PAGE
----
PURPOSE: To review the current published literature on the use of OCT angiography (OCTA) to help detect changes associated with the diagnosis of primary open-angle glaucoma. METHODS: Searches of the peer-reviewed literature were conducted in March 2018, June 2018, April 2019, December 2019, and June 2020 in the PubMed and Cochrane Library databases. Abstracts of 459 articles were examined to exclude reviews and non-English articles. After inclusion and exclusion criteria were applied, 75 articles were selected and the panel methodologist rated them for strength of evidence. Three articles were rated level I and 57 articles were rated level II. The 15 level III articles were excluded. RESULTS: OCT angiography can detect decreased capillary vessel density within the peripapillary nerve fiber layer (level II) and macula (level I and II) in patients with suspected glaucoma, preperimetric glaucoma, and perimetric glaucoma. The degree of vessel density loss correlates significantly with glaucoma severity both overall and topographically (level II) as well as longitudinally (level I). For differentiating glaucomatous from healthy eyes, some studies found that peripapillary and macular vessel density measurements by OCTA show a diagnostic ability (area under the receiver operating characteristic curve) that is comparable with structural OCT retinal nerve fiber and ganglion cell thickness measurements, whereas other studies found that structural OCT measurements perform better. Choroidal or deep-layer microvasculature dropout as measured by OCTA is also associated with glaucoma damage (level I and II). Lower peripapillary and macular vessel density and choroidal microvasculature dropout are associated with faster rates of disease progression (level I and II). CONCLUSIONS: Vessel density loss associated with glaucoma can be detected by OCTA. Peripapillary, macular, and choroidal vessel density parameters may complement visual field and structural OCT measurements in the diagnosis of glaucoma.
PURPOSE: To assess anatomic changes after laser peripheral iridotomy (LPI) and predictors of angle widening based on anterior segment (AS) OCT and angle opening based on gonioscopy. DESIGN: Prospective observational study. PARTICIPANTS: Primary angle-closure suspects (PACSs) 50 to 70 years of age. METHODS: Participants of the Zhongshan Angle Closure Prevention (ZAP) Trial underwent gonioscopy and AS-OCT imaging at baseline and 2 weeks after LPI. Primary angle-closure suspect was defined as the inability to visualize pigmented trabecular meshwork in 2 or more quadrants on static gonioscopy. Laser peripheral iridotomy was performed on 1 eye per patient in superior (between 11 and 1 o'clock) or temporal or nasal locations (at or below 10:30 or 1:30 o'clock). Biometric parameters in horizontal and vertical AS-OCT scans were measured and averaged. Linear and logistic regression modeling were performed to determine predictors of angle widening, defined as change in mean angle opening distance measured at 750 μm from the scleral spur (AOD750); poor angle widening, defined as the lowest quintile of change in mean AOD750; and poor angle opening, defined as residual PACS after LPI based on gonioscopy. MAIN OUTCOME MEASURES: Anatomic changes and predictors of angle widening and opening after LPI. RESULTS: Four hundred fifty-four patients were included in the analysis. Two hundred nineteen underwent superior LPI and 235 underwent temporal or nasal LPI. Significant changes were found among most biometric parameters (P < 0.006) after LPI, including greater AOD750 (P < 0.001). One hundred twenty eyes (26.4%) showed residual PACS after LPI. In multivariate regression analysis, superior LPI location (P = 0.004), smaller AOD750 (P < 0.001), and greater iris curvature (P < 0.001), were predictive of greater angle widening. Temporal or nasal LPI locations (odds ratio [OR], 2.60, P < 0.001) was predictive of poor angle widening. Smaller mean gonioscopy grade (OR, 0.34, 1-grade increment) was predictive of poor angle opening. CONCLUSIONS: Superior LPI location results in significantly greater angle widening compared with temporal or nasal locations in a Chinese population with PACS. This supports consideration of superior LPI locations to optimize anatomic changes after LPI.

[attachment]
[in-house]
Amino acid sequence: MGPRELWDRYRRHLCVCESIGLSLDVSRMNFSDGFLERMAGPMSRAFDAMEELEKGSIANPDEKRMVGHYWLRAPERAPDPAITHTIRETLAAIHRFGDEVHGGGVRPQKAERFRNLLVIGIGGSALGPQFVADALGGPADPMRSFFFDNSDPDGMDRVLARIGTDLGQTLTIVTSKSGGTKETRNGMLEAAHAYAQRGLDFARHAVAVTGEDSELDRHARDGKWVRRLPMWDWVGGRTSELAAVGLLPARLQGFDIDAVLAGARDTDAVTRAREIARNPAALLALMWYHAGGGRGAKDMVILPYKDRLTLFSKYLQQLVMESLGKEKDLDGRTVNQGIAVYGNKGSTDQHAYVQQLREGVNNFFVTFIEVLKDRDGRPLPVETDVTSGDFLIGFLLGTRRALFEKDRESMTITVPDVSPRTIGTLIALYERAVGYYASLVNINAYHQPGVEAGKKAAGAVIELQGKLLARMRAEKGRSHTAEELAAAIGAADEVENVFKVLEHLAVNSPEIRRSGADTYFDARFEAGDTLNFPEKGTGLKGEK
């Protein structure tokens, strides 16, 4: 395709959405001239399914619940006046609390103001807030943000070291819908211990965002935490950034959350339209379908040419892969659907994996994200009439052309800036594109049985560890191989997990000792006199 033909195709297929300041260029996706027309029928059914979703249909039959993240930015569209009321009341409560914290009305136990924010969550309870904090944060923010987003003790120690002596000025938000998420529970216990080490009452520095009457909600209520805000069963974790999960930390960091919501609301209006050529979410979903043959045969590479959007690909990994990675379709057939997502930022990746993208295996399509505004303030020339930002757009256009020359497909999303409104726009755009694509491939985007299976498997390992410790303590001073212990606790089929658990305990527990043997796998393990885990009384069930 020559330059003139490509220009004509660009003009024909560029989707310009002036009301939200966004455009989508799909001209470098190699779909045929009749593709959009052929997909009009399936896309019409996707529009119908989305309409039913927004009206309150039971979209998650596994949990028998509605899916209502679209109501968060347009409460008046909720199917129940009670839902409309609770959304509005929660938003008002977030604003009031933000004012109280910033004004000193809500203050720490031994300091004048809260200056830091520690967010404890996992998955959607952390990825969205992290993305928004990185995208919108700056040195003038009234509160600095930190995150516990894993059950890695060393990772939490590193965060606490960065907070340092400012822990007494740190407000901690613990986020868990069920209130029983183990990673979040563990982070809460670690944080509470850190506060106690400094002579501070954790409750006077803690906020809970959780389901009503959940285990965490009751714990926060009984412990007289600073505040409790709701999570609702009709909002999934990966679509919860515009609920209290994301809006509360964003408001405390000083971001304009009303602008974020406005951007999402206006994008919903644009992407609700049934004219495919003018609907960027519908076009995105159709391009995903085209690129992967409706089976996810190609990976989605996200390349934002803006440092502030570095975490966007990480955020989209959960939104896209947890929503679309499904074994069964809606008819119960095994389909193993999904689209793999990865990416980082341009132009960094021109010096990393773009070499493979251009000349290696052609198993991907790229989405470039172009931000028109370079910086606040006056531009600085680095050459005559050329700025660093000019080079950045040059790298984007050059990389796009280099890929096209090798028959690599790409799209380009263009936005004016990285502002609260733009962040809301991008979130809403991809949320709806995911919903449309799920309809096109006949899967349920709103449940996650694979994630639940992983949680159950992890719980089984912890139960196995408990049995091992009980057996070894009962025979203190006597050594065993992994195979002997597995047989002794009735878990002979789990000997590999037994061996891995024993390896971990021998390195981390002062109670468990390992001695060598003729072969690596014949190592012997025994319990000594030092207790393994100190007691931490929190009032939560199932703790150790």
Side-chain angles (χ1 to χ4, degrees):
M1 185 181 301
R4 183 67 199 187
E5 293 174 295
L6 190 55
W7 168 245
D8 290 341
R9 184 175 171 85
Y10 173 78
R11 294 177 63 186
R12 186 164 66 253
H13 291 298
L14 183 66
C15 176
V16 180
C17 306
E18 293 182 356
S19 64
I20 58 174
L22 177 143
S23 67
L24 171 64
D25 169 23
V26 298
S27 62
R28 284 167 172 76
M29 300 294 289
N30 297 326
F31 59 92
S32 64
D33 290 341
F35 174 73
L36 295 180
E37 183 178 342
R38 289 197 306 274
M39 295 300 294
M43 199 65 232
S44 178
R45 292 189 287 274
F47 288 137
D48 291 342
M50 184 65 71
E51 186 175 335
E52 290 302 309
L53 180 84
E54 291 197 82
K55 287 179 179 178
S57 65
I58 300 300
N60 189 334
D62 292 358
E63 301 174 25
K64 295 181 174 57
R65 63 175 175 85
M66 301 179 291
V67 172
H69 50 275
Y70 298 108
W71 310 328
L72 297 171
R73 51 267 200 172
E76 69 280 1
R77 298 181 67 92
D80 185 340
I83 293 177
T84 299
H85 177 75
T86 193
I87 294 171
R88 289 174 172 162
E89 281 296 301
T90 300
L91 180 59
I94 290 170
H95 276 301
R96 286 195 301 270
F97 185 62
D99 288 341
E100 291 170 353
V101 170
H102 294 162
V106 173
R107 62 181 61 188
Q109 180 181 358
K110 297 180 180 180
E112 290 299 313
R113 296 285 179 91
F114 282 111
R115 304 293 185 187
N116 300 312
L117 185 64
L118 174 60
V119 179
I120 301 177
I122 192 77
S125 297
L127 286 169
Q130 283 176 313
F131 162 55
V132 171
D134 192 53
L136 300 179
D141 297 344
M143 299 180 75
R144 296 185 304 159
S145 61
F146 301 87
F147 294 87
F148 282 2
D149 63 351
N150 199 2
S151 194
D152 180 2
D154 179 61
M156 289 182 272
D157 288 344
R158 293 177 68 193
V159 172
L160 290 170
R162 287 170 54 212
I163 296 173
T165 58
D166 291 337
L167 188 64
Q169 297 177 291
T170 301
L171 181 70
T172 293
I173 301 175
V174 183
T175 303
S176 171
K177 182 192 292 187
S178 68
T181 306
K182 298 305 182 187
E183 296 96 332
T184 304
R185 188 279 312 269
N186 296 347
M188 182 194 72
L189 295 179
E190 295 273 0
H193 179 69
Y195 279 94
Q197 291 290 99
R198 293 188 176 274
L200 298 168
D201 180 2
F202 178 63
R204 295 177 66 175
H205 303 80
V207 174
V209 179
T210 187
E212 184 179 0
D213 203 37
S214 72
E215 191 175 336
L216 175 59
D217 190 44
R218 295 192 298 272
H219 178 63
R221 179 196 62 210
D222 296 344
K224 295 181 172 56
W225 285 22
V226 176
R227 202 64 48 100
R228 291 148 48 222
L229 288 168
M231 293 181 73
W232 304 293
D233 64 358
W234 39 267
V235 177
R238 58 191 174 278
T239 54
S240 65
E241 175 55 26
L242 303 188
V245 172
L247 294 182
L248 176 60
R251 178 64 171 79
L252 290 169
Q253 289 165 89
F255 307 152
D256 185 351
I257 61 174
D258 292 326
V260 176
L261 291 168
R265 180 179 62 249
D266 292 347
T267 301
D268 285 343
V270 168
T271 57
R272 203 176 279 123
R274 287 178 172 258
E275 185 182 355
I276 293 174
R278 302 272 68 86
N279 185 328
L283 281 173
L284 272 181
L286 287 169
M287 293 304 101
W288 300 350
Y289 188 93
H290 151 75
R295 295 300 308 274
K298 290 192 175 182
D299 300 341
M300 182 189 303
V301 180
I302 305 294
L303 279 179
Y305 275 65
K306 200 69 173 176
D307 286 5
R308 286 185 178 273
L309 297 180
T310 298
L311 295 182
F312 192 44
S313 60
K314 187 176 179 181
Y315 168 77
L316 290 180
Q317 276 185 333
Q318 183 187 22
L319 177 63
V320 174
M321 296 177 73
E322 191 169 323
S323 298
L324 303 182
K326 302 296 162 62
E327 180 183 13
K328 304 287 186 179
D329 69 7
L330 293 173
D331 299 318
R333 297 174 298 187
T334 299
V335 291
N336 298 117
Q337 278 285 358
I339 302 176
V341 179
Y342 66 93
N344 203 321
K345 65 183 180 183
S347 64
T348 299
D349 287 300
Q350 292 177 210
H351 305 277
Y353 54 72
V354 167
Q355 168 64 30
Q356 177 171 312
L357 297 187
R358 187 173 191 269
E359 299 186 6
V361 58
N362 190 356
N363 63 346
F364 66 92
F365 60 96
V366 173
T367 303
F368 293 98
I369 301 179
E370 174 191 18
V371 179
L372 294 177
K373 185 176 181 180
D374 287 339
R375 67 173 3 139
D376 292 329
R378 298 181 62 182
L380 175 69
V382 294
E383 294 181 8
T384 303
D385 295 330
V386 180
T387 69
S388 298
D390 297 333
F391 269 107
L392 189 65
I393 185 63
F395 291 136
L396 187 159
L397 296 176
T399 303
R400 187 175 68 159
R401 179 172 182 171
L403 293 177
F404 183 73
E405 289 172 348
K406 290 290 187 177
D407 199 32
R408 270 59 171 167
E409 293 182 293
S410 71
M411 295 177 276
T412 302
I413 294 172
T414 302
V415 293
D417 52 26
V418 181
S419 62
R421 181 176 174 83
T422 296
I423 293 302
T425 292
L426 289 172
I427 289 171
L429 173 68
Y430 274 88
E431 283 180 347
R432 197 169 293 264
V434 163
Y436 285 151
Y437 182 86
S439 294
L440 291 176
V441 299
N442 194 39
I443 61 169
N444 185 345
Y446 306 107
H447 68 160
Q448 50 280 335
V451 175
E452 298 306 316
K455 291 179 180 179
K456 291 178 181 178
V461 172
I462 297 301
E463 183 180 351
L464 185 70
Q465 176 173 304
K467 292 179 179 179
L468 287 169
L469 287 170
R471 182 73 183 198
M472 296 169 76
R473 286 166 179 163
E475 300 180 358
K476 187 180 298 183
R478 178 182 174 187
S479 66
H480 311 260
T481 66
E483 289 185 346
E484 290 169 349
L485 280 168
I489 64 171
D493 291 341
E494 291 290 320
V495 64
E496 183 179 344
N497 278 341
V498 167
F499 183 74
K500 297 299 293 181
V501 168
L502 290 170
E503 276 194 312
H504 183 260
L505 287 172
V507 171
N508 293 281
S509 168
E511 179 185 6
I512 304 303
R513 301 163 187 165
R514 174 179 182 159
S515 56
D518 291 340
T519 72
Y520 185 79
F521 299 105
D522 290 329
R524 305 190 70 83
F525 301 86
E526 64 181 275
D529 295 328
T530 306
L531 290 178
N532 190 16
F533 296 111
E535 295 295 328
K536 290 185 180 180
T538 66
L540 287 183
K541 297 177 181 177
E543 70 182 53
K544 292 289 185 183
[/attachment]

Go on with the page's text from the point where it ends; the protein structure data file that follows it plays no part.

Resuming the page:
BACKGROUND: Optic nerve astrocytomas (ONAs) are neurological neoplasms in the central nervous system (CNS), and they have the highest incidence rate among all the tumor types in the visual pathway. In this study, we conducted a Surveillance, Epidemiology, and End Results (SEER) -based research to explore the demographic, survival, and prognostic factors of patients diagnosed with ONAs. METHODS: Utilizing the SEER database, we retrospectively evaluated data of patients diagnosed with ONAs of all ages from 1984 to 2016. We used the Student's t distribution to test variables of patients and various characteristics, and Kaplan-Meier curve to illustrate overall survival (OS) with 95.0% confidence intervals (CIs). We also performed univariate and multivariate analyses to evaluate various variables' validity on overall survival. RESULTS: A total of 1004 cases were analyzed, and revealed that age (P<0.001, hazard ratio (HR) = 8.830, 95% CI: 4.088-19.073), tumor grade (P<0.001, HR = 1.927, 95% CI: 1.516-2.450), diagnostic confirmation (P<0.001, HR = 2.444, 95% CI: 1.632-3.660), and histology type (P = 0.046, HR = 1.563, 95% CI: 1.008-2.424) of the tumor were associated with decreased survival. CONCLUSIONS: From this large, comparative study of ONAs, we found that younger age may be considered as a protective indicator, while high-grade astrocytic tumors have a worse prognosis. We also found that diagnostic confirmation and tumor grade were independent prognostic factors in this patient population.